My take: Fear-mongering and converting chicken poop to natural gas


Good evening,
On the eve of a virtual (Zoom ) public information session next week, a Maryland-based company is making a case for a chicken poop to natural gas plant near Seaford.

Bioenergy Devco may not like that description, but that’s what the company has in mind at a portion of its 200-plus-acre compositing site purchased from Perdue in 2020.

Bioenergy Devco wants to add something known as an anaerobic digester to the site that would convert poultry waste to renewable natural gas. 

This week, BioEnergy Devco sent out a press release highlighting what the company sees as the environmental advantages of the plant, which deals with the massive amount of waste generated by the region’s billion-dollar-plus chicken industry.

We learned that the plant would add 15-25 jobs to the 11 already at the site.


Gas produced at the site would be trucked and moved into the Chesapeake Utilities natural gas system.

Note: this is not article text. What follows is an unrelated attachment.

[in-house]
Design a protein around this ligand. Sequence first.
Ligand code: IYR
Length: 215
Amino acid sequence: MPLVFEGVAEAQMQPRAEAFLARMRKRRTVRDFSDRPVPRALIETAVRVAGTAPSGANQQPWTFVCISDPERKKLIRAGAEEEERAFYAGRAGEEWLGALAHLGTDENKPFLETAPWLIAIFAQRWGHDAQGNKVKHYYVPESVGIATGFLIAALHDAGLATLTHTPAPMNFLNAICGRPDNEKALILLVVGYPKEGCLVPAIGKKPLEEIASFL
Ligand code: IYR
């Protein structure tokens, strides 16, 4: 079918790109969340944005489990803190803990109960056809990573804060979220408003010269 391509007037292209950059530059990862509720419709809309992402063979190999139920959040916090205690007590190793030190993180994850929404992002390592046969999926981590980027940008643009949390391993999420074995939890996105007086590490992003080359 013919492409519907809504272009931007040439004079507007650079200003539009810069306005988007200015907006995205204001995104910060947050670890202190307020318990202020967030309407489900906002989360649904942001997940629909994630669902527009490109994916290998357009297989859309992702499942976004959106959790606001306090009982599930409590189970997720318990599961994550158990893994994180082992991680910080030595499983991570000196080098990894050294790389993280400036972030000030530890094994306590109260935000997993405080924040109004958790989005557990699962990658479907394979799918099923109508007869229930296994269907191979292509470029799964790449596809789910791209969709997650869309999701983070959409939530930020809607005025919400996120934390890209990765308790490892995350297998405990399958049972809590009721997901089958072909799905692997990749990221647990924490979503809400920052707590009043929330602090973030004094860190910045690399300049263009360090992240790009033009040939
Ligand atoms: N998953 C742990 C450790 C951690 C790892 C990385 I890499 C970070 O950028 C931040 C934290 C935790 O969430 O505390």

Not everyone is on board, with Washington, DC-based Food and Water Watch working to mobilize opposition, including a few folks who would like to see the broiler industry simply pack up and leave. News alert – it’s not happening.

Food and Water Watch casts a wide net with its hard-line environmental stance. This includes opposition to genetically modified food. It’s OK with offshore wind, even though it involves putting platforms near fish and sending powerlines ashore.

The group also points to what it sees as the dangers of the process to the community, even with Bioenergy’s location on a large tract.

By the way, digesters are routinely used throughout the world to capture gas generated in sewage treatment.  The gas then powers waste treatment systems and reduces the consumption of electricity that can come from coal-fired plants. So far, civilization has survived.

Renewable natural gas also reduces the need to drill more wells that come with their share of environmental issues.

Others in the Delaware environmental community favor the project, which will reduce nitrogen loads in runoff that threaten Delaware’s creeks, rivers, and Inland Bays.

Without recycling, chicken litter fertilization ends up in the soil where run-off contributes to nitrogen concentrations that foul waterways.

Chances are good that the project will get the green light as it goes through Delaware’s permitting process, but expect to see more than a few fact-free claims and fear-mongering. – Doug Rainey, chief content officer.